In 1998, before the release of their then-final album, The Love Movement, A Tribe Called Quest announced that they would be splitting up. The group heavily emphasized that they were splitting up to follow their own paths, though the exact cause of the group’s break remains elusive. The documentary, 7: The Travels Of A Tribe Called Quest, remains controversial on this subject: the film suggests conflicts between Phife and Tip as the main reason for the break, but this explanation has been adamantly rejected by Tip. Tribe fans were left hopeful, feeding off Phife’s optimistic wish that someday Tribe would reconvene… but the Tribe shortly went from the center of the hip-hop universe to a ghostly echo by the early 2000s.

Even after Tribe stopped producing music, their legacy lived on. The group’s impact is especially notable in the modern generation of rappers. The artists that grew up listening to the Five Foot Assassin’s unique vocals and Tip’s inspirational rhymes now recreate the conscious messages of Tribe in their own works. Kanye West, one of the most influential contemporary rappers, credits Tribe with “making the kid with the pink polo” in his tribute to Phife. OutKast’s Andre 3000 also shared a special connection with Tribe, especially Tip, noting the esteemed rapper as a father figure and inspiration. Tribe informed conscious rap with their massive contributions to the budding genre, and the reflections of their success are seen today in the alternative yet hip nature of many famous contemporary artists. The countless featured guests on We Got It from Here... Thank You 4 Your Service are undeniable evidence of Tribe’s penetrative influences on the music industry, still visible 20 years later.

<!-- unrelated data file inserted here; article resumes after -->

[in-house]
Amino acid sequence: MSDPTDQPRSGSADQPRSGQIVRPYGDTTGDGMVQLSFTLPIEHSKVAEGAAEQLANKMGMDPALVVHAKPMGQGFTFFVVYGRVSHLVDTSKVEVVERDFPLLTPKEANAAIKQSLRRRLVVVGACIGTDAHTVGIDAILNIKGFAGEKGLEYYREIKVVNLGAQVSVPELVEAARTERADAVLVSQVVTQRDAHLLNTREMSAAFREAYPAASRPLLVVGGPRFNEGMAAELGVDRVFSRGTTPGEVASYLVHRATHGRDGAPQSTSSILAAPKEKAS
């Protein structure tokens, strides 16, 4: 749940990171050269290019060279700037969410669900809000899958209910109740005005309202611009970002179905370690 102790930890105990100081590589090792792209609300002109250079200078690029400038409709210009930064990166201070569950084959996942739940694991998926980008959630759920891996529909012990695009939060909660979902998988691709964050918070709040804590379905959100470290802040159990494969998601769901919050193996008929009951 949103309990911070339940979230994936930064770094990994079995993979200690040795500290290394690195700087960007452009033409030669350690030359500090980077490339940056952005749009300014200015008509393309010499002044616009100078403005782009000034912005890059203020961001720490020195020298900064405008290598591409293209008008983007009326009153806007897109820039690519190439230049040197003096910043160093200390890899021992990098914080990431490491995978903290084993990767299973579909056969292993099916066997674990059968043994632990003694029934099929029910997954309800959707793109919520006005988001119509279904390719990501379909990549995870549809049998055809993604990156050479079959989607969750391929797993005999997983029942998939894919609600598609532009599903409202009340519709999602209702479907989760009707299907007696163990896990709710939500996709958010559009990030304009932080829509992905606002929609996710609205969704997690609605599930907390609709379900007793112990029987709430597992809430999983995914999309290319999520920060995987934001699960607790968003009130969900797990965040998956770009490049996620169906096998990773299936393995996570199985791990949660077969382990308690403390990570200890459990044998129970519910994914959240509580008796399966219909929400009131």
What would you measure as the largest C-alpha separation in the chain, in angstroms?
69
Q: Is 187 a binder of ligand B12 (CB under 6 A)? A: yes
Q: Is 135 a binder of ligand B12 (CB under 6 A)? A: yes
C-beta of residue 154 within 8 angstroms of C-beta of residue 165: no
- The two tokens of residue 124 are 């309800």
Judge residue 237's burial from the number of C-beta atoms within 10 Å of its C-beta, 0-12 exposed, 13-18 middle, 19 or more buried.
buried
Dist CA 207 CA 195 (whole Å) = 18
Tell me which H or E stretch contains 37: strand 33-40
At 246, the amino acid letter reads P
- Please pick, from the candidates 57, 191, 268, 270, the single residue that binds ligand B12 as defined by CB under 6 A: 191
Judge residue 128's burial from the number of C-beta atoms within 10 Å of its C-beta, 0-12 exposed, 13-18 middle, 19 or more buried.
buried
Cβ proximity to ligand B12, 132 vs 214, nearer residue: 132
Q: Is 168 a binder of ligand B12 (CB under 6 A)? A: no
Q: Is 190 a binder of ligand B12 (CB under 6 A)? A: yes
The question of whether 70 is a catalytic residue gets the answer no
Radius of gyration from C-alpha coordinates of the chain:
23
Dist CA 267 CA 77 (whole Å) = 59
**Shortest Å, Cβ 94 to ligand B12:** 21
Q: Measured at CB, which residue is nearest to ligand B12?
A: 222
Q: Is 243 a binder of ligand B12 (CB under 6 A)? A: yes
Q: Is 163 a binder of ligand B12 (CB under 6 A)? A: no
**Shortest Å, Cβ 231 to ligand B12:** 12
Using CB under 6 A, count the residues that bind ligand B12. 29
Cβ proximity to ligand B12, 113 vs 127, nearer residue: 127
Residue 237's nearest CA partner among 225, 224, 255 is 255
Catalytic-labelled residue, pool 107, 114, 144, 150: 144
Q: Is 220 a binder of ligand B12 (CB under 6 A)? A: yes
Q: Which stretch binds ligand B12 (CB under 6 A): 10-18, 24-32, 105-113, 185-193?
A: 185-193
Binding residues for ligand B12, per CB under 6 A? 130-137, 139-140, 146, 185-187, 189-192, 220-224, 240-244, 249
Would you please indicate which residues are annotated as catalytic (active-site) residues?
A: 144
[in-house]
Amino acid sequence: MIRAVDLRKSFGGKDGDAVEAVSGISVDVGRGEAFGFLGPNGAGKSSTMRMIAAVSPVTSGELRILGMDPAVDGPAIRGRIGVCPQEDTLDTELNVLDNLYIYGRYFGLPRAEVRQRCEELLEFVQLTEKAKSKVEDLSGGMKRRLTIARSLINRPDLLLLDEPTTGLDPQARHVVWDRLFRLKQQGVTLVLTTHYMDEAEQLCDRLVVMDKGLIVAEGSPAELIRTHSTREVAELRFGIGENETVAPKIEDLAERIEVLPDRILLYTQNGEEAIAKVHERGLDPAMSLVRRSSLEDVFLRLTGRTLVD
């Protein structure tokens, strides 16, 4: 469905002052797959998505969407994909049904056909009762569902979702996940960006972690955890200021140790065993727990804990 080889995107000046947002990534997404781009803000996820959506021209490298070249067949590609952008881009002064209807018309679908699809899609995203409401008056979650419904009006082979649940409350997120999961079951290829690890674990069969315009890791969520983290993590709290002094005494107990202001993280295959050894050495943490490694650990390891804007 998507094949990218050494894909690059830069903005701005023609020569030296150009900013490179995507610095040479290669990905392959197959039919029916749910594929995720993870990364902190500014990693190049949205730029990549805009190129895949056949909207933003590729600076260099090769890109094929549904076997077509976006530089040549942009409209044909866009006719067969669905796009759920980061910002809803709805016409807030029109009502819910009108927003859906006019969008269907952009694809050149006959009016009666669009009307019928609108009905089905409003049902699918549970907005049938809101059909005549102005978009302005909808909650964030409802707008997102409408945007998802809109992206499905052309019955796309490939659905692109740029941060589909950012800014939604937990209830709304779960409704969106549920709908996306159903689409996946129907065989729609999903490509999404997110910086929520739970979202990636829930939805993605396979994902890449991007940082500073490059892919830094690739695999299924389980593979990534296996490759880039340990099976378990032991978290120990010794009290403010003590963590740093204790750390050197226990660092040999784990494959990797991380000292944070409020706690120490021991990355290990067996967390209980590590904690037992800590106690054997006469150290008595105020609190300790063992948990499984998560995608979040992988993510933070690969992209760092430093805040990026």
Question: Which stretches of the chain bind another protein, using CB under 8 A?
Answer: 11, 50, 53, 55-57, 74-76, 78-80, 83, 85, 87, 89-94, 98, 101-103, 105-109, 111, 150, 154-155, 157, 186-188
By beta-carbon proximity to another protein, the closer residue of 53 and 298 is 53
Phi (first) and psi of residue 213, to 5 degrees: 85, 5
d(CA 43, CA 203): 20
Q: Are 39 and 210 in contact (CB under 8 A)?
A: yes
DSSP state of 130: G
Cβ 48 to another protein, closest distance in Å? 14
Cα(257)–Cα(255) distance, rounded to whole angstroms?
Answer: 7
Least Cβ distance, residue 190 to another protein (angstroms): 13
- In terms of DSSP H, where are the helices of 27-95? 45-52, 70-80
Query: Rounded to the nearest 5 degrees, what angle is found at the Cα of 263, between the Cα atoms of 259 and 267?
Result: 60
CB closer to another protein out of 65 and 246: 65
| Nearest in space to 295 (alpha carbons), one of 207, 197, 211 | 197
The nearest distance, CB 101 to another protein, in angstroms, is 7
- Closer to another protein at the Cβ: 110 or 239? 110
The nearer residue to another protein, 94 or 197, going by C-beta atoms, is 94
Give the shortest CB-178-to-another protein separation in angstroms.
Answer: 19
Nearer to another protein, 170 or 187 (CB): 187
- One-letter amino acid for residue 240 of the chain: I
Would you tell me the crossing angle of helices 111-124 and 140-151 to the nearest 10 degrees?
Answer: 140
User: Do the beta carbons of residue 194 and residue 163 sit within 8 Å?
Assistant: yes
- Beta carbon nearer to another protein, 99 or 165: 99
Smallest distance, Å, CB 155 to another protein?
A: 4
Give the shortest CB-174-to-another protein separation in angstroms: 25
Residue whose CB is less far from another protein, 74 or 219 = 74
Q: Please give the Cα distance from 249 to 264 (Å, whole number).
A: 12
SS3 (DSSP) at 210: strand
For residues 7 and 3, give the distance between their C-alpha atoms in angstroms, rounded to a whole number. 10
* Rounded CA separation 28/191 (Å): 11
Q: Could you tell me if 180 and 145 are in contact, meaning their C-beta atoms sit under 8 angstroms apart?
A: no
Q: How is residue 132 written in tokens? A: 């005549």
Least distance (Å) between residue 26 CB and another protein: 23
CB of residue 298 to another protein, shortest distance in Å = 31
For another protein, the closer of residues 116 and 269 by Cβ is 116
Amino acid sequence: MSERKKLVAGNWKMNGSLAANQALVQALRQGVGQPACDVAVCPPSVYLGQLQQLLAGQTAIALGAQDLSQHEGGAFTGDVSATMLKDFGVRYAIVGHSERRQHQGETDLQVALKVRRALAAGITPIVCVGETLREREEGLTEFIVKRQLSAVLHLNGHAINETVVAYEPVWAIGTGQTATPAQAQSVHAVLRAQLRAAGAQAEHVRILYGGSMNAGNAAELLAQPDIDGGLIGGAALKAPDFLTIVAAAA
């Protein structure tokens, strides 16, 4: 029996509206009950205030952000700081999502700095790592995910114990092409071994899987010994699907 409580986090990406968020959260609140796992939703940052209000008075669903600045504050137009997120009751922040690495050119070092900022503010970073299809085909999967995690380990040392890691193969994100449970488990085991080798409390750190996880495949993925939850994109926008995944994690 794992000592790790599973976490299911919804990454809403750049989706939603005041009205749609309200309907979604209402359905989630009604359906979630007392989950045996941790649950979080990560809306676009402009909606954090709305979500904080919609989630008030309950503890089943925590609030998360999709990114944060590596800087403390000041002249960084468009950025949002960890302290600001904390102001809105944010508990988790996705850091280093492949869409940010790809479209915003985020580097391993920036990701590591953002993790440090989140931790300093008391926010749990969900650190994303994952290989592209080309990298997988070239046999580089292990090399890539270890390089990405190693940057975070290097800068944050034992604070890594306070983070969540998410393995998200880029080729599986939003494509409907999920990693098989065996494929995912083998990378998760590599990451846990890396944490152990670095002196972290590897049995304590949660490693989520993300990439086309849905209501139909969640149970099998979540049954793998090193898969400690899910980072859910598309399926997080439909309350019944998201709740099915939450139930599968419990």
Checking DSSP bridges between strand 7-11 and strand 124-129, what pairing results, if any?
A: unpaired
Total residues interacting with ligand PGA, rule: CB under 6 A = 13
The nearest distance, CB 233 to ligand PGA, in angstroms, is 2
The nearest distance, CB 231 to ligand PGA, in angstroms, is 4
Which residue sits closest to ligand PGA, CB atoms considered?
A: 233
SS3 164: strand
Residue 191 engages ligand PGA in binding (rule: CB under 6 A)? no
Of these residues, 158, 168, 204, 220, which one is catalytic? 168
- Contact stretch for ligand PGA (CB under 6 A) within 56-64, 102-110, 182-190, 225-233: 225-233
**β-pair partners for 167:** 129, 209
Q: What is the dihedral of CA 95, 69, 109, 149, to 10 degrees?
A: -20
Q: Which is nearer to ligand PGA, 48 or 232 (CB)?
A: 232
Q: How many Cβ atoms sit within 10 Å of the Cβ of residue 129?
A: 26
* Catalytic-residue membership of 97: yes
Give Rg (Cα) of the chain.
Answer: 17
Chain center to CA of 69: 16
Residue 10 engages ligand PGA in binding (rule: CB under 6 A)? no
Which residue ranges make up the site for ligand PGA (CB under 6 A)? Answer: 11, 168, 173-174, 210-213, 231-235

Unfortunately, if you were born after 1998, you’ve heard very little of A Tribe Called Quest in the news. Despite the lasting spotlight of Tribe’s 90s fame calling for performances scattered throughout the past decade, there was still little hope for revival. Most, if not all, hope for this revival was lost after Tip announced the group would no longer be performing after opening for Kanye’s Yeezus tour in 2013. 17 years after the group's last album, Phife still maintained the opinion that Tribe was “doing the fans a great injustice by not getting together and rocking.” If it wasn’t for a particularly successful appearance on The Tonight Show, two years after Tip’s announcement, the inspiration for a new album would have never been sparked. The group said they felt an energy on stage that hadn’t been present in decades, and the Paris attacks that happened that same evening reminded the group of the state of the world: it was a call to action. The whirlwind of turbulent events in the past year sparked the impetus for a 2016 Tribe album, and provided an extraordinary antidote for a hurting world.

The Hip Hop community was teeming with anticipation for the rumored album, but the death of Phife this past March dominated the news on the Tribe front. Phife was stolen from the world at 45, after years of struggling with type 2 diabetes. His death was unexpected and untimely, given his passion and excitement for the new album, but old friend and colleague Jarobi White synthesized the egregious reality by stating Phife gave the last of his life to the album, and “he was happy to go out like that.” The passing of Phife far from hindered the production of We Got It from Here... Thank You 4 Your Service, if anything it was a call to action and an encouraging experience for Tip to finish the album in celebration of the life of his most special friend.